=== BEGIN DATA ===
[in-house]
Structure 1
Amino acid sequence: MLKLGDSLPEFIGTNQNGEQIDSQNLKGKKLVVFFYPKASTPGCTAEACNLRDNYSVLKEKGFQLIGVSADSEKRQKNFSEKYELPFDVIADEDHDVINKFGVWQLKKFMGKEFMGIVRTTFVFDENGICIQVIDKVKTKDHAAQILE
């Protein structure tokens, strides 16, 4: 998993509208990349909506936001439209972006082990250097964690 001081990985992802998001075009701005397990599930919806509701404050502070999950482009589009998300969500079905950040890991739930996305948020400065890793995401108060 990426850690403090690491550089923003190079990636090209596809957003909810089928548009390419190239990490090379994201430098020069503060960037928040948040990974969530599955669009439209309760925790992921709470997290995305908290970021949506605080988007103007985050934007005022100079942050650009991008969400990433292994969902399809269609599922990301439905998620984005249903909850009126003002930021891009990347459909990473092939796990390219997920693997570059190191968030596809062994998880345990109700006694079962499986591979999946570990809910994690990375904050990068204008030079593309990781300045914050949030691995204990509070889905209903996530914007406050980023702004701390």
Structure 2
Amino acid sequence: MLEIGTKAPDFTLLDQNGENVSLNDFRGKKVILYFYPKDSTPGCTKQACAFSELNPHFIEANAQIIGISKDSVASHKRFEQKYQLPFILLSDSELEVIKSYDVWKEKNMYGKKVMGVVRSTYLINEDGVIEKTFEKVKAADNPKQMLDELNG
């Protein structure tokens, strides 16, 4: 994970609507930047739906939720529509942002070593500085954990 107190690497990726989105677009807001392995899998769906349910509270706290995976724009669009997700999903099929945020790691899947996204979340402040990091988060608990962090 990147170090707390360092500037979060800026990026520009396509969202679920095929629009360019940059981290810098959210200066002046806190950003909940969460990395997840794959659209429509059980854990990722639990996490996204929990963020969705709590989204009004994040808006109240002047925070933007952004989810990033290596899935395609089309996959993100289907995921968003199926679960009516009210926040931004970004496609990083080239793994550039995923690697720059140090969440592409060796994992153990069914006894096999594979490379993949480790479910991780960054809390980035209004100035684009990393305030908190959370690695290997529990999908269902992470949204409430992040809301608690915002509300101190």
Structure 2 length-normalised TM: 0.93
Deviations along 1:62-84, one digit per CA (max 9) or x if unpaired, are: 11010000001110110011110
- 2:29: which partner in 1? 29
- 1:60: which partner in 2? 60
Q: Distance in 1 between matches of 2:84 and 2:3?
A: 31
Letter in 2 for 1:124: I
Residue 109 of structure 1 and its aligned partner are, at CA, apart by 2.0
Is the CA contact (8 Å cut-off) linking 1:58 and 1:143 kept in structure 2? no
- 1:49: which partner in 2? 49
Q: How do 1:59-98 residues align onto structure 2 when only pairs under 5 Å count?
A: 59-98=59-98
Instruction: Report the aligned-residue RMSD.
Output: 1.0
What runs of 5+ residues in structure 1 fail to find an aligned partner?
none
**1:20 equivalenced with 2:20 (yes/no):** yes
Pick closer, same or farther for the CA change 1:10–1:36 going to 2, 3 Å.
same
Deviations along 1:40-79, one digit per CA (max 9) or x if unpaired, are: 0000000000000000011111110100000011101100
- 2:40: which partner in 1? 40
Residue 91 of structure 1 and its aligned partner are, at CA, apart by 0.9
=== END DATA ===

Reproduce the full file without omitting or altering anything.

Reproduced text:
[in-house]
Structure 1
Amino acid sequence: MLKLGDSLPEFIGTNQNGEQIDSQNLKGKKLVVFFYPKASTPGCTAEACNLRDNYSVLKEKGFQLIGVSADSEKRQKNFSEKYELPFDVIADEDHDVINKFGVWQLKKFMGKEFMGIVRTTFVFDENGICIQVIDKVKTKDHAAQILE
């Protein structure tokens, strides 16, 4: 998993509208990349909506936001439209972006082990250097964690 001081990985992802998001075009701005397990599930919806509701404050502070999950482009589009998300969500079905950040890991739930996305948020400065890793995401108060 990426850690403090690491550089923003190079990636090209596809957003909810089928548009390419190239990490090379994201430098020069503060960037928040948040990974969530599955669009439209309760925790992921709470997290995305908290970021949506605080988007103007985050934007005022100079942050650009991008969400990433292994969902399809269609599922990301439905998620984005249903909850009126003002930021891009990347459909990473092939796990390219997920693997570059190191968030596809062994998880345990109700006694079962499986591979999946570990809910994690990375904050990068204008030079593309990781300045914050949030691995204990509070889905209903996530914007406050980023702004701390």
Structure 2
Amino acid sequence: MLEIGTKAPDFTLLDQNGENVSLNDFRGKKVILYFYPKDSTPGCTKQACAFSELNPHFIEANAQIIGISKDSVASHKRFEQKYQLPFILLSDSELEVIKSYDVWKEKNMYGKKVMGVVRSTYLINEDGVIEKTFEKVKAADNPKQMLDELNG
């Protein structure tokens, strides 16, 4: 994970609507930047739906939720529509942002070593500085954990 107190690497990726989105677009807001392995899998769906349910509270706290995976724009669009997700999903099929945020790691899947996204979340402040990091988060608990962090 990147170090707390360092500037979060800026990026520009396509969202679920095929629009360019940059981290810098959210200066002046806190950003909940969460990395997840794959659209429509059980854990990722639990996490996204929990963020969705709590989204009004994040808006109240002047925070933007952004989810990033290596899935395609089309996959993100289907995921968003199926679960009516009210926040931004970004496609990083080239793994550039995923690697720059140090969440592409060796994992153990069914006894096999594979490379993949480790479910991780960054809390980035209004100035684009990393305030908190959370690695290997529990999908269902992470949204409430992040809301608690915002509300101190």
Structure 2 length-normalised TM: 0.93
Deviations along 1:62-84, one digit per CA (max 9) or x if unpaired, are: 11010000001110110011110
- 2:29: which partner in 1? 29
- 1:60: which partner in 2? 60
Q: Distance in 1 between matches of 2:84 and 2:3?
A: 31
Letter in 2 for 1:124: I
Residue 109 of structure 1 and its aligned partner are, at CA, apart by 2.0
Is the CA contact (8 Å cut-off) linking 1:58 and 1:143 kept in structure 2? no
- 1:49: which partner in 2? 49
Q: How do 1:59-98 residues align onto structure 2 when only pairs under 5 Å count?
A: 59-98=59-98
Instruction: Report the aligned-residue RMSD.
Output: 1.0
What runs of 5+ residues in structure 1 fail to find an aligned partner?
none
**1:20 equivalenced with 2:20 (yes/no):** yes
Pick closer, same or farther for the CA change 1:10–1:36 going to 2, 3 Å.
same
Deviations along 1:40-79, one digit per CA (max 9) or x if unpaired, are: 0000000000000000011111110100000011101100
- 2:40: which partner in 1? 40
Residue 91 of structure 1 and its aligned partner are, at CA, apart by 0.9